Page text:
The costs associated with treating cancer can be staggering. Without medical aid cover or the financial means to pay for your treatments in cash, you will have to settle for treatment at a public hospital. Public service strikes, understaffed facilities and overworked state employees are some of the considerations one has to deal with if undergoing cancer treatment at a state hospital.
Fortunately medical aids cannot refuse cover to a person with a pre-existing condition and this includes cancer. With comprehensive medical aid cover, you can rest assured of quality medical treatment at a private hospital and often the oncologist of your choice.
Oncology Benefit on Medical Aid
All medical aids, even hospital plans, have to provide a certain level of oncology (cancer) cover. This may include the oncologist’s fees, chemotherapy and radiation therapy (‘radiotherapy’). The extent of the benefit may vary among medical aids but even if you only have a hospital plan, many schemes may still provide some out-of-hospital oncology cover.
Certain cancers are considered as a Prescribed Minimum Benefit (PMB) and therefore a medical aid is obliged to cover the treatment. However, this may also depend upon whether the cancer is treatable or not. Without a medical aid, attempting to pay for your cancer treatment out of your own pocket may be unmanageable unless you are a high income earner.
Cost of Cancer Treatment
The cost of treating cancer depends on a number of factors like the type of cancer, stage and treatment options that your oncologist may deem necessary to fight the disease. Unlike a benign tumour, cancer cannot be totally obliterated after surgical resection. Chemotherapy and radiation therapy and sometimes even follow-up surgery may be necessary and this can be ongoing for months or even years. The costs can quickly add up and most people can only manage the bills if they have medical aid cover.
It is not unheard of for cancer treatments to reach into the hundreds of thousands of rands. In addition to treating the cancer itself, your doctor may need to consider reconstructive surgery in some cases. This may not be covered by your medical aid and if you have exhausted your financial means by paying for the cancer treatment, you may have to forego reconstructive surgery.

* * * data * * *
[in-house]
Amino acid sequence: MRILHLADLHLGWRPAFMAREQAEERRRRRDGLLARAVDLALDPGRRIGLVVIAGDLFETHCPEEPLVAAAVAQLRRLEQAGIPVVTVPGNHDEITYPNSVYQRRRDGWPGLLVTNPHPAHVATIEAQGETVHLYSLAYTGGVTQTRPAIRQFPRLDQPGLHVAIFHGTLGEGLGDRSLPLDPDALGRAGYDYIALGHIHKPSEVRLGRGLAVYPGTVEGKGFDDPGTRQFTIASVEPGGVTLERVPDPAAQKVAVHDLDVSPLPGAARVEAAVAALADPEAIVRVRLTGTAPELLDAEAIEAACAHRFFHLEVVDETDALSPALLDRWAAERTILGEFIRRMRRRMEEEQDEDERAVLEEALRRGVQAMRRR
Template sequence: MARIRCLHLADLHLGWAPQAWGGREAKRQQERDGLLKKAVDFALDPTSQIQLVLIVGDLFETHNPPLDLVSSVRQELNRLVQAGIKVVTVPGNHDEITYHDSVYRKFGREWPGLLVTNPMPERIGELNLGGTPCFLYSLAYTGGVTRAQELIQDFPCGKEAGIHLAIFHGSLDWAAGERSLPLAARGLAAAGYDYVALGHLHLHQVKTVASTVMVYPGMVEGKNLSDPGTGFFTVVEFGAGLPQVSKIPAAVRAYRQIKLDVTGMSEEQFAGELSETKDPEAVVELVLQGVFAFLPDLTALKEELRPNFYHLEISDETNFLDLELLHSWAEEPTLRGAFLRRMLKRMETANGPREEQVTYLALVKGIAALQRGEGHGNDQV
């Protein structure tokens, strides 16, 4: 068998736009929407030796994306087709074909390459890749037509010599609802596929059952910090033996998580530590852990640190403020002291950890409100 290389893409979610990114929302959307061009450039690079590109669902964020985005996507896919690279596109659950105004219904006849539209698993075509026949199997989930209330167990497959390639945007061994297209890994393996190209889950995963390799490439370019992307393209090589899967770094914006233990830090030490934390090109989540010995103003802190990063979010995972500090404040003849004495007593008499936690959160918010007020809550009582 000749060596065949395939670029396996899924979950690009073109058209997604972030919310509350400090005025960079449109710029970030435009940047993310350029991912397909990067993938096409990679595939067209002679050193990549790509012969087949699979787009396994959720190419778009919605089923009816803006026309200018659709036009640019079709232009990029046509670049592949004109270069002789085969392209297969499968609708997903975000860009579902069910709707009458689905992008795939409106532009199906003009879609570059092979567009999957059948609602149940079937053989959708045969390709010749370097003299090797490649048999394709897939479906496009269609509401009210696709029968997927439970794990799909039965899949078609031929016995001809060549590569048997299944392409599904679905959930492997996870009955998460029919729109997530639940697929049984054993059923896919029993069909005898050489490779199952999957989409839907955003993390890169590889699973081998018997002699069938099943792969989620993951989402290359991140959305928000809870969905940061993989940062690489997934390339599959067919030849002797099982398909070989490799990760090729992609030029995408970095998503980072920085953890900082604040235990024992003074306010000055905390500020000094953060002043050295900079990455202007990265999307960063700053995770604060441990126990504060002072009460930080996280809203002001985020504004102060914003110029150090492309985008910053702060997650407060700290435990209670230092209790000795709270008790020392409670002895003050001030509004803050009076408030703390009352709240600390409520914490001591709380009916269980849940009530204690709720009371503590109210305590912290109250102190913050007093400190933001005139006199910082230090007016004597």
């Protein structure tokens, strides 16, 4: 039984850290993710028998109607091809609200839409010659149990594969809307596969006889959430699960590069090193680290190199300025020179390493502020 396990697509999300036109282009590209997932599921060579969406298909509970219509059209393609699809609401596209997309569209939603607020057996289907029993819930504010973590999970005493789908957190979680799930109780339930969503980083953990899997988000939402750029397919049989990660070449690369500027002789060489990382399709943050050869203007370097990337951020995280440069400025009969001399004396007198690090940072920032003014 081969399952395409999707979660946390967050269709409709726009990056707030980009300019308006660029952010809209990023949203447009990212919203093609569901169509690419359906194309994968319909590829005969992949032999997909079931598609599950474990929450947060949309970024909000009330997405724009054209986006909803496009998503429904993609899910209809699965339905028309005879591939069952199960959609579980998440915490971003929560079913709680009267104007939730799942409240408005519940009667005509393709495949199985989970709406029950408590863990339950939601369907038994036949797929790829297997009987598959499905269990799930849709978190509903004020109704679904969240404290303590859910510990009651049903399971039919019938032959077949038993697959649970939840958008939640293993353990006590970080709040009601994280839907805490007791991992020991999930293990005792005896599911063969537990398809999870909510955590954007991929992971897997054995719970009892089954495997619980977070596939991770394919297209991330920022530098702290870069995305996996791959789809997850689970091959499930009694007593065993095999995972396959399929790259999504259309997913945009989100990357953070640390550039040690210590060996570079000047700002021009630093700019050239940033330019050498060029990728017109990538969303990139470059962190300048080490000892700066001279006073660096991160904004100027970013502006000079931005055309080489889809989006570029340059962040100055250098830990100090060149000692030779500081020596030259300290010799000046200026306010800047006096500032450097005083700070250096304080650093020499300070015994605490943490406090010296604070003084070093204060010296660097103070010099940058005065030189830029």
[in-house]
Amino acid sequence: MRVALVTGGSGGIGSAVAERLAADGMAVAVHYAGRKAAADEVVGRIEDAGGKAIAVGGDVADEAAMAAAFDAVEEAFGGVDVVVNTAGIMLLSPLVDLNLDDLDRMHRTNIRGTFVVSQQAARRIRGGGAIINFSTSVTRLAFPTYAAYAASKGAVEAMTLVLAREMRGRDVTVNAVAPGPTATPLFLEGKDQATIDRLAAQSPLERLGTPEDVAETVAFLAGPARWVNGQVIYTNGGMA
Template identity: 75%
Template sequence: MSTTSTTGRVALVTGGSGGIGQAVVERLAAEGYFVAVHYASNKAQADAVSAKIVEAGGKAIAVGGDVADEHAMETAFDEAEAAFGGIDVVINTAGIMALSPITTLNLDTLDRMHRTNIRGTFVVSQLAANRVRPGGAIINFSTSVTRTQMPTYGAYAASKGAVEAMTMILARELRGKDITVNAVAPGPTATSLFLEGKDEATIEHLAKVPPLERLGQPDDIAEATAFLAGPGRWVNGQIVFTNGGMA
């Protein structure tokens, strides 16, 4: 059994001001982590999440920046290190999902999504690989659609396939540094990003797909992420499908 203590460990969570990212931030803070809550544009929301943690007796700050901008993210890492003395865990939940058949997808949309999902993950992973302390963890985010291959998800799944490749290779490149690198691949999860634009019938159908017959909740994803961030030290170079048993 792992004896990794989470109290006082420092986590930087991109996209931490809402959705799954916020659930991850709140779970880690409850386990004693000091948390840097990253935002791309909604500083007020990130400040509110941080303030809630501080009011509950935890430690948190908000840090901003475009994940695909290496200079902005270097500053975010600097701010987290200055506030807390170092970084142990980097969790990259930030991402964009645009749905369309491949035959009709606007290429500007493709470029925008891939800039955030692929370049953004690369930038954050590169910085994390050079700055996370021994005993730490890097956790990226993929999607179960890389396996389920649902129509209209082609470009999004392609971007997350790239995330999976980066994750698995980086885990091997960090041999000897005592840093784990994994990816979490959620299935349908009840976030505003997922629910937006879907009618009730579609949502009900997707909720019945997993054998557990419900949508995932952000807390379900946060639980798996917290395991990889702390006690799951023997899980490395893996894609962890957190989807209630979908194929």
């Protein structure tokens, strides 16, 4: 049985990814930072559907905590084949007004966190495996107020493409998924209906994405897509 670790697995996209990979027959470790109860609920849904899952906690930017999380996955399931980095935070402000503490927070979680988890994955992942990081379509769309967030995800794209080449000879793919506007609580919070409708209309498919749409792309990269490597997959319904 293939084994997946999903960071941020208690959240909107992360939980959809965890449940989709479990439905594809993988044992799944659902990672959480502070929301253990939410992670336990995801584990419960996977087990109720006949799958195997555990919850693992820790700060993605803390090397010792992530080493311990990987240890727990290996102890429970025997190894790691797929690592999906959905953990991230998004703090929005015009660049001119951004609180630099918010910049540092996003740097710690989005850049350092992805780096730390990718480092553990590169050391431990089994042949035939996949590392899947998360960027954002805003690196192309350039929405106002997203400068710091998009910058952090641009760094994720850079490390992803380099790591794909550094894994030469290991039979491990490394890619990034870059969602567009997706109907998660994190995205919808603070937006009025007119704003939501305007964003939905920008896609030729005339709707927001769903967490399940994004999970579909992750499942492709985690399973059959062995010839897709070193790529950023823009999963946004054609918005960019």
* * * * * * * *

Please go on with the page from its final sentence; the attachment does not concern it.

It is important to bear in mind that treating cancer is expensive. Opting for a cheaper medical aid plan may therefore work against you as the costs associated with a cancer patient’s medical needs are significantly higher.
Exclusion Periods for Cancer Patients on Medical Aids
Most medical aids impose a 1 year waiting period before they pay for the treatment of a pre-existing condition. In addition, a medical aid may not pay for any bills within the first 3 months of cover if you had not previously been a member of a medical aid.
Cancer is a disease that needs immediate medical care. Waiting for the 1 year period to pass can be a matter of life or death. It is therefore important to consider medical aid cover while you are young and healthy, especially if you are at risk of developing cancer, rather than waiting for the condition, or any condition, to set it in.
Even if your medical aid will not immediately cover your cancer treatment, it is important to remember that as a cancer survivor, your chance of developing cancer again in the future is higher. Your medical costs in general may also be higher depending on how well you recover after the initial treatment. Therefore medical aid cover is essential.
You should discuss your medical options with an accredited broker or the medical aid itself if you have cancer. Attempting to withhold information when applying for a medical aid is considered as fraud and you may be liable for all the medical costs incurred during the course of your treatment.